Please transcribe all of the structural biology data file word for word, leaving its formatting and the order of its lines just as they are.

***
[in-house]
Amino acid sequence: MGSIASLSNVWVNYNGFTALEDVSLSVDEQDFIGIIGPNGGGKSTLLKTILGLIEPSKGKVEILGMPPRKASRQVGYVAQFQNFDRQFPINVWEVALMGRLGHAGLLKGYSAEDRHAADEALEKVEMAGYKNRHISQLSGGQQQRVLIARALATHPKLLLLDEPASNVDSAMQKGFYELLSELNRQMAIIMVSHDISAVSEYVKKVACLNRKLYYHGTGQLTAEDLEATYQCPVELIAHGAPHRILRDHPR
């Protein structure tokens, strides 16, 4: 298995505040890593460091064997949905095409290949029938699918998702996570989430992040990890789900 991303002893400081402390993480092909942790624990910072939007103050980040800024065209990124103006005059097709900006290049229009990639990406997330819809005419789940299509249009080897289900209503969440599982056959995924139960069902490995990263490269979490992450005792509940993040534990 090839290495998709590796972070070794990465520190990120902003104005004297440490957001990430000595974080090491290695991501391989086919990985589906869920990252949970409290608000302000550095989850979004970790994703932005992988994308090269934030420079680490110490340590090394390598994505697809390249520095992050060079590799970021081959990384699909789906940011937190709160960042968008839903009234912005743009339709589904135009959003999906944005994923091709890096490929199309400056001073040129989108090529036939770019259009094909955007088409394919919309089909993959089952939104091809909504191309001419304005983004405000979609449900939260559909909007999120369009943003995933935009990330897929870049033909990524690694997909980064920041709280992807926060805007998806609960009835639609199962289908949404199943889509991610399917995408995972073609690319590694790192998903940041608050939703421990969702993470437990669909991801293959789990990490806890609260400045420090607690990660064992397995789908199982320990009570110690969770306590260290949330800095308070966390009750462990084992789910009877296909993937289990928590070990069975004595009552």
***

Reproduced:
[in-house]
Amino acid sequence: MGSIASLSNVWVNYNGFTALEDVSLSVDEQDFIGIIGPNGGGKSTLLKTILGLIEPSKGKVEILGMPPRKASRQVGYVAQFQNFDRQFPINVWEVALMGRLGHAGLLKGYSAEDRHAADEALEKVEMAGYKNRHISQLSGGQQQRVLIARALATHPKLLLLDEPASNVDSAMQKGFYELLSELNRQMAIIMVSHDISAVSEYVKKVACLNRKLYYHGTGQLTAEDLEATYQCPVELIAHGAPHRILRDHPR
């Protein structure tokens, strides 16, 4: 298995505040890593460091064997949905095409290949029938699918998702996570989430992040990890789900 991303002893400081402390993480092909942790624990910072939007103050980040800024065209990124103006005059097709900006290049229009990639990406997330819809005419789940299509249009080897289900209503969440599982056959995924139960069902490995990263490269979490992450005792509940993040534990 090839290495998709590796972070070794990465520190990120902003104005004297440490957001990430000595974080090491290695991501391989086919990985589906869920990252949970409290608000302000550095989850979004970790994703932005992988994308090269934030420079680490110490340590090394390598994505697809390249520095992050060079590799970021081959990384699909789906940011937190709160960042968008839903009234912005743009339709589904135009959003999906944005994923091709890096490929199309400056001073040129989108090529036939770019259009094909955007088409394919919309089909993959089952939104091809909504191309001419304005983004405000979609449900939260559909909007999120369009943003995933935009990330897929870049033909990524690694997909980064920041709280992807926060805007998806609960009835639609199962289908949404199943889509991610399917995408995972073609690319590694790192998903940041608050939703421990969702993470437990669909991801293959789990990490806890609260400045420090607690990660064992397995789908199982320990009570110690969770306590260290949330800095308070966390009750462990084992789910009877296909993937289990928590070990069975004595009552």